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新视野听说教程第三册听力原文(Unit 6)  

2014-11-23 22:25:50|  分类: 默认分类 |  标签: |举报 |字号 订阅

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Understanding Short Conversations

1. W: we were stuck by an earthquake last week, storms this week, and reports show a tornado is on its way! What did we do to deserve this?

M: Deserve has nothing to do with it. It’s nature. We’ve just got to ready ourselves against it.

Q: How does the man feel?

 

2. W: I’m worried our home won’t stand up to an earthquake if one should come.

M: Perhaps not. But I built it to withstand a flood, and I think it should do that just fine. After all, floods are our concern in this region, not earthquakes.

Q: What was the man thinking about when he built his house?

 

3. W: Did you see the news? An earthquake hit Japan today.

M: oh, that’s terrible. Just a week ago, there were earthquake in the US and China. I hope we can learn to protect ourselves from them.

Q: What is the conversation about?

4. M: Many voters are concerned about the rising costs of fuel.

 

W: I think they’re being a little shortsighted. Rising fuel costs are good for the environment, because higher costs force people to consume less resources.

Q: What can be inferred from the conversation?

 

5. W: Is it just my imagination, or are the winters not as cold as they used to be?

M: I don’t think you’re imagining it. Many other people are saying the same thing. And some are worried that it’s signaling something bad to come.

Q: What do some people expect?

 

6. M: If anyone knows a better energy source than oil, share your idea with the class.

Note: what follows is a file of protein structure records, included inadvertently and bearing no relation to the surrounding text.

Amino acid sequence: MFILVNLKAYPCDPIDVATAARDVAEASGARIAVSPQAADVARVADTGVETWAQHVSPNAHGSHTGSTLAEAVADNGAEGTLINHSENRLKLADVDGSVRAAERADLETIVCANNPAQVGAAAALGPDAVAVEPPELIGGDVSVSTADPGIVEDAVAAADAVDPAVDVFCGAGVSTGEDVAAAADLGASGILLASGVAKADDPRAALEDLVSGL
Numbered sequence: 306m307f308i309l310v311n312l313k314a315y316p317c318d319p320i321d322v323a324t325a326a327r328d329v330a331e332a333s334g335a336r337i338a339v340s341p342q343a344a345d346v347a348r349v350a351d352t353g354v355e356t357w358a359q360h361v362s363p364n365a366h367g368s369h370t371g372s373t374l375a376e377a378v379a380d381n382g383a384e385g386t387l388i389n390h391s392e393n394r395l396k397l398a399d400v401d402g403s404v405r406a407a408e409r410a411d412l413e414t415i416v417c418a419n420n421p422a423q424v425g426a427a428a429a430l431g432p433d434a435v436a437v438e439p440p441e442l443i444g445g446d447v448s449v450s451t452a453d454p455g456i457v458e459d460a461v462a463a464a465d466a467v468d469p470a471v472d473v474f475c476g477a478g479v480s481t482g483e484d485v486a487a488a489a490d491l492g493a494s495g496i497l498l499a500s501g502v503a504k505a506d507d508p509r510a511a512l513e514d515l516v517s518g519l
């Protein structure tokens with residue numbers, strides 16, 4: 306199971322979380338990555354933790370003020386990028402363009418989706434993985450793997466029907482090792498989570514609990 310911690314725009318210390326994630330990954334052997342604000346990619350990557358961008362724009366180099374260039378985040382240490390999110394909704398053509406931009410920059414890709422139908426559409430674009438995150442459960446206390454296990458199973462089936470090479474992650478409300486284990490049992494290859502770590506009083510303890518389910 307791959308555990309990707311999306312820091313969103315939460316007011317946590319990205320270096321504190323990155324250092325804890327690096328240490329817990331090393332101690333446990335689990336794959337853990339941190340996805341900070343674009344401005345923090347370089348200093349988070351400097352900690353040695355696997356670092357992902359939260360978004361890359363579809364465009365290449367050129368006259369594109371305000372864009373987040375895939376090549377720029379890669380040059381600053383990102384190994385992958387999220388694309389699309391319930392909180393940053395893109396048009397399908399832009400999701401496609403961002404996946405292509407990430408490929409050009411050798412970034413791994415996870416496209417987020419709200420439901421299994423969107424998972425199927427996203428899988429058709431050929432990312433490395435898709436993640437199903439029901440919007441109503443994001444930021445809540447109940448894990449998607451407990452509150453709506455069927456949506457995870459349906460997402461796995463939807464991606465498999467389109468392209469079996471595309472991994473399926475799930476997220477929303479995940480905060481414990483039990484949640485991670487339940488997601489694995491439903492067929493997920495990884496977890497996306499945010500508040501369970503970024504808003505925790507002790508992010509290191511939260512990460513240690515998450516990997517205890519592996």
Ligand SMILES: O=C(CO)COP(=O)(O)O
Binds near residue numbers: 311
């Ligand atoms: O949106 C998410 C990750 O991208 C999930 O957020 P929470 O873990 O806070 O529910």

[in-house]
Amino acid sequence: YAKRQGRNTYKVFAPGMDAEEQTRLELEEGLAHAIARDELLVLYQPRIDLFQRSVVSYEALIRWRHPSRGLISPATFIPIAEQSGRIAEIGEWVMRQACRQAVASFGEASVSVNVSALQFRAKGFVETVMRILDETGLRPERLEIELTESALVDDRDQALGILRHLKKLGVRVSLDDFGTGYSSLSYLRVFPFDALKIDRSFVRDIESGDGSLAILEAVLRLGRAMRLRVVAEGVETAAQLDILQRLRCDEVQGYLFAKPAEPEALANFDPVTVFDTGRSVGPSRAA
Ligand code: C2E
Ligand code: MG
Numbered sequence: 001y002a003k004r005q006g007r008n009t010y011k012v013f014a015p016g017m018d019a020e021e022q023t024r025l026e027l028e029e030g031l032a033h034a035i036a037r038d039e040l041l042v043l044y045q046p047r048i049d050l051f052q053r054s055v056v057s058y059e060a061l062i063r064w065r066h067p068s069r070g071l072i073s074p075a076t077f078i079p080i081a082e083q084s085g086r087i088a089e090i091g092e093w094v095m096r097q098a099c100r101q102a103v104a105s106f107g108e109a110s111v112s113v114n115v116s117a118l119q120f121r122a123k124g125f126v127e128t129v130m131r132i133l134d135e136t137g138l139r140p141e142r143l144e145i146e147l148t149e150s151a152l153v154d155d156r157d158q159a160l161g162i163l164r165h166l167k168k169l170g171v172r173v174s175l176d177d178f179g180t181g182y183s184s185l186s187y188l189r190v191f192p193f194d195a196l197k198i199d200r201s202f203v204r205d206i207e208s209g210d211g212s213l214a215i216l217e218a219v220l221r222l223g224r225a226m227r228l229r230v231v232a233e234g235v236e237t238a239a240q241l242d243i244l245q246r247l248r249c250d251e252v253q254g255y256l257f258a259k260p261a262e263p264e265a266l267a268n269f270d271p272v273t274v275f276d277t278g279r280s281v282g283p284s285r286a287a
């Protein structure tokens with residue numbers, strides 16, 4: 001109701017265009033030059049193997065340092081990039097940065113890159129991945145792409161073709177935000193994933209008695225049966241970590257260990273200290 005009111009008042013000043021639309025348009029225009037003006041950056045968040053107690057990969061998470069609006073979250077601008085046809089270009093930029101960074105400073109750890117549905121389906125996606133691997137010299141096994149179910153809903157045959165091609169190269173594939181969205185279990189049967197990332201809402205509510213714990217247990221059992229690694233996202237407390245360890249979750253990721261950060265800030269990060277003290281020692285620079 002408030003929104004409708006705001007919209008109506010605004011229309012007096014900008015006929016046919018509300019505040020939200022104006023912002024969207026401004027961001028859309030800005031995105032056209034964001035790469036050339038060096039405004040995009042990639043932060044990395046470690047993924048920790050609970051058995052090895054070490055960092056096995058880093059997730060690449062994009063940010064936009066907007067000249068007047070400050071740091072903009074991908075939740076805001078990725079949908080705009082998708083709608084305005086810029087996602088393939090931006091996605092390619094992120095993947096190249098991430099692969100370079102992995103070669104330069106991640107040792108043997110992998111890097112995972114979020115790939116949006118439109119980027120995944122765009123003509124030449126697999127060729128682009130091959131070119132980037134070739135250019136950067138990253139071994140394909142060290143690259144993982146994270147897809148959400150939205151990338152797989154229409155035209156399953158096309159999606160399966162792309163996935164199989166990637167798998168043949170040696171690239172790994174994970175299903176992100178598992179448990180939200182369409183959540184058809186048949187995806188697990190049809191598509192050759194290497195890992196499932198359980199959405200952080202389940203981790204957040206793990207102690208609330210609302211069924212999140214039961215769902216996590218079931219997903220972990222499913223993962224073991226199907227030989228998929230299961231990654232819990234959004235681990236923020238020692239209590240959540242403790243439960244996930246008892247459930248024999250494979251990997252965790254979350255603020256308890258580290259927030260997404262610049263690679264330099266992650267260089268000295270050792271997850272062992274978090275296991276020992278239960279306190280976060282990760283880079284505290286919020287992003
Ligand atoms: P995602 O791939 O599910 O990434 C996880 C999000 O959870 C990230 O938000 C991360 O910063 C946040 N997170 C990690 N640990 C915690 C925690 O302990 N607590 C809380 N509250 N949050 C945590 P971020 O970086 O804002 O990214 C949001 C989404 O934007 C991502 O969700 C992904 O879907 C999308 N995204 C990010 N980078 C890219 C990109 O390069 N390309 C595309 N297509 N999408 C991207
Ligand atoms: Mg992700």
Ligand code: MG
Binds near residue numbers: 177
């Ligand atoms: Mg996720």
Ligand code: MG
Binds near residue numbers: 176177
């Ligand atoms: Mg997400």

W: I might have an answer. Wind power is renewable, clean and can be obtained in more places than oil.

Q: What can be inferred from the conversation?

 

7. M: you’re too young to remember, but in the 1970s there was a terrible energy crisis.

W: I’ve read about it. And if we want to avoid another one, and protect what we have, I think we must learn how to conserve our resources.

Q: What has the woman read about?

 

8. W: you’ve been standing here all day. What are you doing?

M: I’m talking to people about our shrinking forests. It’s a very important issue. If forests aren’t protected, we won’t have any trees left.

Q: What is the man doing?

 

9. M: New regulations will require most factories to reduce waste output by 30—35%.

W: Some will only have to cut waste by only 2 or 3%. But we’re going to be hit hard by this new law. We’re going to get it down by 50%.

Q: how much will the speakers’ factory have to cut waste by?

 

10. W: Can you go upstairs, gather the newspapers in your room, and bring them downstairs, honey? I’m going to make a run to the recycling plant.

M: Can I do it after school? I’m really in a hurry.

Q: Where are the speakers?

 

Understanding a Long Conversation

W: today we’re very lucky to have with us a special guest. So I want you all to say hello to Official Mitchell.